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Health Plans Failing to Deliver Parity for Mental Health Benefits

Health Plans Failing to Deliver Parity for Mental Health Benefits

Jan. 26, 2022
For example, a health insurance issuer covered nutritional counseling for medical conditions like diabetes, but not for mental health conditions such as anorexia nervosa, bulimia nervosa and binge-eating disorder.

A report issued on January 25 from The Departments of Labor, Health and Human Services and the Treasury, 2022 Report to Congress on the Paul Wellstone and Pete Domenici Mental Health Parity and Addiction Equity Act of 2008 (MHPAE), found that health plans and health insurance issuers are failing to deliver parity for mental health and substance use disorder benefits to those they cover.

 “The report’s findings clearly indicate that health plans and insurance companies are falling short of providing parity in mental health and substance use disorder benefits, at a time when those benefits are needed like never before,” said U.S. Secretary of Labor Marty Walsh. “The pandemic is having a negative impact on the mental health of people in the U.S. and driving a rise in substance use. As a person in recovery, I know firsthand how important access to mental health and substance use disorder treatment is. Enforcement of this law is a top priority for the Department of Labor and an objective I take personally.”

Covering Conditions Equally

In general, MHPAEA requires that the financial requirements and treatment limitations – such as copayments and prior authorization requirements imposed by a group health plan or health insurance issuer on mental health or substance use disorder benefits – cannot be more restrictive than the predominant financial requirements and treatment limitations that apply to substantially all medical and surgical benefits. The report cites specific examples of health plans and health insurance issuers failing to ensure parity. For example, a health insurance issuer covered nutritional counseling for medical conditions like diabetes, but not for mental health conditions such as anorexia nervosa, bulimia nervosa and binge-eating disorder.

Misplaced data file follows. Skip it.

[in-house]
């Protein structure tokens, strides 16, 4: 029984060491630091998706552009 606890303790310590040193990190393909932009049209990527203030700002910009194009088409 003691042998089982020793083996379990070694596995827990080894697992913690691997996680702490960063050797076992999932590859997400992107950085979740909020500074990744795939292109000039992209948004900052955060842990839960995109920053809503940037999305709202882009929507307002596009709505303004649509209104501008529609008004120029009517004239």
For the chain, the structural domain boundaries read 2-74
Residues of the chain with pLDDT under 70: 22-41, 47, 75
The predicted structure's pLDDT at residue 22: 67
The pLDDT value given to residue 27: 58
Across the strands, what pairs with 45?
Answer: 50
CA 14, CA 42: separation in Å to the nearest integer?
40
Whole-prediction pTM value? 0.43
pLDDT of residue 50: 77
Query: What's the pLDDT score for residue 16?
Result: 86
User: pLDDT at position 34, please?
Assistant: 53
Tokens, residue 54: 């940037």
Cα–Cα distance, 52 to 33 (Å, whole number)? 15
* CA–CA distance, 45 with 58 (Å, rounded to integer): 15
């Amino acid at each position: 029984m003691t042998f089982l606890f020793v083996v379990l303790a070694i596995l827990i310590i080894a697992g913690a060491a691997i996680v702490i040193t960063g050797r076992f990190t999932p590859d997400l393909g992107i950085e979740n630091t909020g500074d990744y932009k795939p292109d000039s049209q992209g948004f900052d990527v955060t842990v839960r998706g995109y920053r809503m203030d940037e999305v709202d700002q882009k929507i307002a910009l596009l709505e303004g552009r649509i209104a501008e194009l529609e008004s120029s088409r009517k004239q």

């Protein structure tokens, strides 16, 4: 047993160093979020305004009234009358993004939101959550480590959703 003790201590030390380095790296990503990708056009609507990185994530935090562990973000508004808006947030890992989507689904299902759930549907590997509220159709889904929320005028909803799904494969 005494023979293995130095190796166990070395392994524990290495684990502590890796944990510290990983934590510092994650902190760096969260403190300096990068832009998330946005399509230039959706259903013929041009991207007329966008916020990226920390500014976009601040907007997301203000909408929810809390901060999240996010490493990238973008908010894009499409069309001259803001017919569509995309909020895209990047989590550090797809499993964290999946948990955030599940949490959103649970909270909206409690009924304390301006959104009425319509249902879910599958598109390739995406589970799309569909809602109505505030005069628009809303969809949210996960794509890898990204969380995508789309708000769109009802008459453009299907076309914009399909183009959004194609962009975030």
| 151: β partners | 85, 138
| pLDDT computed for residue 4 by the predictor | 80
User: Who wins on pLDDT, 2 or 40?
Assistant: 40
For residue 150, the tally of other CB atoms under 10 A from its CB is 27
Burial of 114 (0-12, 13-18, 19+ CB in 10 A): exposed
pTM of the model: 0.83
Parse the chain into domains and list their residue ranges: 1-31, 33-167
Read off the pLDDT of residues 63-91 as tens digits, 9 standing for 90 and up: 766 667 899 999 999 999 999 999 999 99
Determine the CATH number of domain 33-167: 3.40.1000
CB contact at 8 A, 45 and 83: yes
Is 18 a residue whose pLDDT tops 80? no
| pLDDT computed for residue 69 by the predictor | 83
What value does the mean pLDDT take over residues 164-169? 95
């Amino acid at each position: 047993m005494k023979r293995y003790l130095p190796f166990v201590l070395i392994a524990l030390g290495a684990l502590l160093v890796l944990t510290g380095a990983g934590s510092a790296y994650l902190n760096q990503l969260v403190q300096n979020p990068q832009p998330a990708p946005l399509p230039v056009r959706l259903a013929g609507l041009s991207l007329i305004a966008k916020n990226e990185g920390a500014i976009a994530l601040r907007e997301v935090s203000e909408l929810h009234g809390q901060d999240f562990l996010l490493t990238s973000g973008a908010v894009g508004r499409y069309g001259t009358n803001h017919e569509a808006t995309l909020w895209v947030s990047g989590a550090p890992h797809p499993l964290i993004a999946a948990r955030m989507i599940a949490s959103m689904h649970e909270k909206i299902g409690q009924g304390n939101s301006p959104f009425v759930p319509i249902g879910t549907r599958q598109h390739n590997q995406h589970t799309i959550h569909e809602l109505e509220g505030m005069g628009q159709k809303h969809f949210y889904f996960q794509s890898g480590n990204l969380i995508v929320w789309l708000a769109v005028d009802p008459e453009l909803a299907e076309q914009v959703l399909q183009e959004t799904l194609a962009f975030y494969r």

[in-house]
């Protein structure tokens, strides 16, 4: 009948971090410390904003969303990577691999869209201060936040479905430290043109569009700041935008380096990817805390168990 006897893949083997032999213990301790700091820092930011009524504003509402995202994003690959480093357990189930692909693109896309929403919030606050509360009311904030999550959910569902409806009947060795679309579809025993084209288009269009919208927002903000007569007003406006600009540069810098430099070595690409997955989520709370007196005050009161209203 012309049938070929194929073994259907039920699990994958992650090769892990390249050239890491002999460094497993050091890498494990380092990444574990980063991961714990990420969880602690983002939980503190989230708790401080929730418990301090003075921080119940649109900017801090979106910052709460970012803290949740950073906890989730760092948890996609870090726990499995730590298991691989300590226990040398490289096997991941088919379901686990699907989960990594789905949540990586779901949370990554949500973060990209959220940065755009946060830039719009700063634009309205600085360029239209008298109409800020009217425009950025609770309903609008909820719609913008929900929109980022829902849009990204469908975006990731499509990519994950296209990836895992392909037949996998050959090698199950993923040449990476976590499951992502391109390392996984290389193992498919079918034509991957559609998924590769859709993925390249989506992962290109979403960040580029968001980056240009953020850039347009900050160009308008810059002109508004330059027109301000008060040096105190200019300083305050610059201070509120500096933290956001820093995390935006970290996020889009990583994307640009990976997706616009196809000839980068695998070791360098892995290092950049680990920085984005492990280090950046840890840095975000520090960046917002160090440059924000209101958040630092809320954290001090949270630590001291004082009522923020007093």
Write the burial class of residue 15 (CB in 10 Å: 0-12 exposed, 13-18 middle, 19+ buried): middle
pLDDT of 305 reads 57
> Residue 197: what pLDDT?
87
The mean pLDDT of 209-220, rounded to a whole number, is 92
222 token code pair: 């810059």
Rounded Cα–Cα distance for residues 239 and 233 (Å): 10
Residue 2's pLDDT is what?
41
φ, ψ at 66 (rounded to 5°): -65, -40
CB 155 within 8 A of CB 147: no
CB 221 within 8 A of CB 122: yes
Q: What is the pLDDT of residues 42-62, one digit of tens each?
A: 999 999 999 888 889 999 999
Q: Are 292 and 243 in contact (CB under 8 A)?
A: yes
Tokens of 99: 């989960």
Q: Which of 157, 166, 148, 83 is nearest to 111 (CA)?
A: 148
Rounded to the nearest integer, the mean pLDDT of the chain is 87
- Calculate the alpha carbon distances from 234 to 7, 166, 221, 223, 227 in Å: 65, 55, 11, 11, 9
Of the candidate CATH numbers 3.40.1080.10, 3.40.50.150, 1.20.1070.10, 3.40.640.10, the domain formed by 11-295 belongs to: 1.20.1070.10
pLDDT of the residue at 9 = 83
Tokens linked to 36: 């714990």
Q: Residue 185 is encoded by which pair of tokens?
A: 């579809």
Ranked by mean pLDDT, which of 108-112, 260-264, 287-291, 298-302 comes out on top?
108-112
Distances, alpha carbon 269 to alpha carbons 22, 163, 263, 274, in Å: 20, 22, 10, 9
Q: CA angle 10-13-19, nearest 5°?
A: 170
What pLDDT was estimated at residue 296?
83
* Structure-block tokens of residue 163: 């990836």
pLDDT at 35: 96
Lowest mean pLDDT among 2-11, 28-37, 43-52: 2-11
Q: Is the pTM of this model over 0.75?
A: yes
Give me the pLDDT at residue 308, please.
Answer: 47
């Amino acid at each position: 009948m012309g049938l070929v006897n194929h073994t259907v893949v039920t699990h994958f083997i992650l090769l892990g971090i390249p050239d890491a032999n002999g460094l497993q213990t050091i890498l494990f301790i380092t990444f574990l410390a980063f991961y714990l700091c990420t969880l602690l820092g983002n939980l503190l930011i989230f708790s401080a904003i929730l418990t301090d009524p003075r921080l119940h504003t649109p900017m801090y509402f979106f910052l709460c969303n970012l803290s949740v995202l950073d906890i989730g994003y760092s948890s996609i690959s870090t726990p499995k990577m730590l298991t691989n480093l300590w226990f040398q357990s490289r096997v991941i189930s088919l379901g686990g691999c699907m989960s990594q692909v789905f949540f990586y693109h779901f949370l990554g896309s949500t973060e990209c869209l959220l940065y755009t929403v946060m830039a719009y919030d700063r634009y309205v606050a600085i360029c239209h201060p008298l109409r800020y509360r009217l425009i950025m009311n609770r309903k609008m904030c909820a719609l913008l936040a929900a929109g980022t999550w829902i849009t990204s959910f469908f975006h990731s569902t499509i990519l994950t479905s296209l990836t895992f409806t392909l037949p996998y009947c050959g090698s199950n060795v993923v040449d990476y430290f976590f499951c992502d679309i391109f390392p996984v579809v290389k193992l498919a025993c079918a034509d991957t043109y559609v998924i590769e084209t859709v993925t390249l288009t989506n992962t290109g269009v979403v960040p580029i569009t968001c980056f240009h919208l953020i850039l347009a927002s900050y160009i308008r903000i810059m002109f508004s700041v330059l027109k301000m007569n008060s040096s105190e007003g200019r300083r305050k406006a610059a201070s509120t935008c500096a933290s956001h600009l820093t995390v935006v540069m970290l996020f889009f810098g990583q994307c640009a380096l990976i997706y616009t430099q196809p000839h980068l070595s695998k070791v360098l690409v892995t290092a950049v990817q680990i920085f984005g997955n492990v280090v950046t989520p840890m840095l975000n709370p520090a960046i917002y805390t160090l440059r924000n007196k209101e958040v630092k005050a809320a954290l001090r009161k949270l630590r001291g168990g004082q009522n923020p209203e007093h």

“Access to mental and behavioral health support is critical as the COVID-19 pandemic continues to impact so many lives across the country,” said U.S. Secretary of Health and Human Services Xavier Becerra. “Unfortunately, as today’s report shows, health plans and insurance companies are falling short of providing access to the treatment many working families need. We are committed to working with our federal partners to change this and hold health plans and insurance companies accountable for delivering more comprehensive care.”

New Enforcement Tool

The report outlines the departments’ efforts to interpret, implement and enforce the amendments to MHPAEA made by the Consolidated Appropriations Act 2021. The act provided the departments with an important new MHPAEA enforcement tool and additional funding to implement it. The law also requires the departments to report findings under this new provision annually. Today’s issuance is the first report under this requirement.

 “In the past year, the Employee Benefits Security Administration has placed great emphasis on ensuring parity for mental health and substance use disorder benefits,” said Acting Assistant Secretary for Employee Benefits Security Ali Khawar. “As we continue to strengthen and build on these efforts through regulation, enforcement and compliance assistance, EBSA is determined to deliver on the law’s promise.”

The report also details the departments’ ongoing efforts to engage with stakeholders to reduce the stigma that individuals with mental health conditions or substance use disorders often face and raise awareness amongst stakeholders of these vital protections.

The fiscal year 2021 MHPAEA enforcement fact sheet is being issued with the 2022 MHPAEA Report to Congress. This fact sheet highlights EBSA’s landmark settlement against United Behavioral Health, as well as other enforcement data and significant results from MHPAEA investigations closed by EBSA and CMS in fiscal year 2021.

EBSA has primary enforcement jurisdiction over MHPAEA for approximately two million health plans covering roughly 136 million Americans. CMS has enforcement jurisdiction over MHPAEA in the individual and fully insured group markets in states where it has enforcement authority and over non-federal governmental group health plans, such as plans sponsored by state and local governments for their employees.

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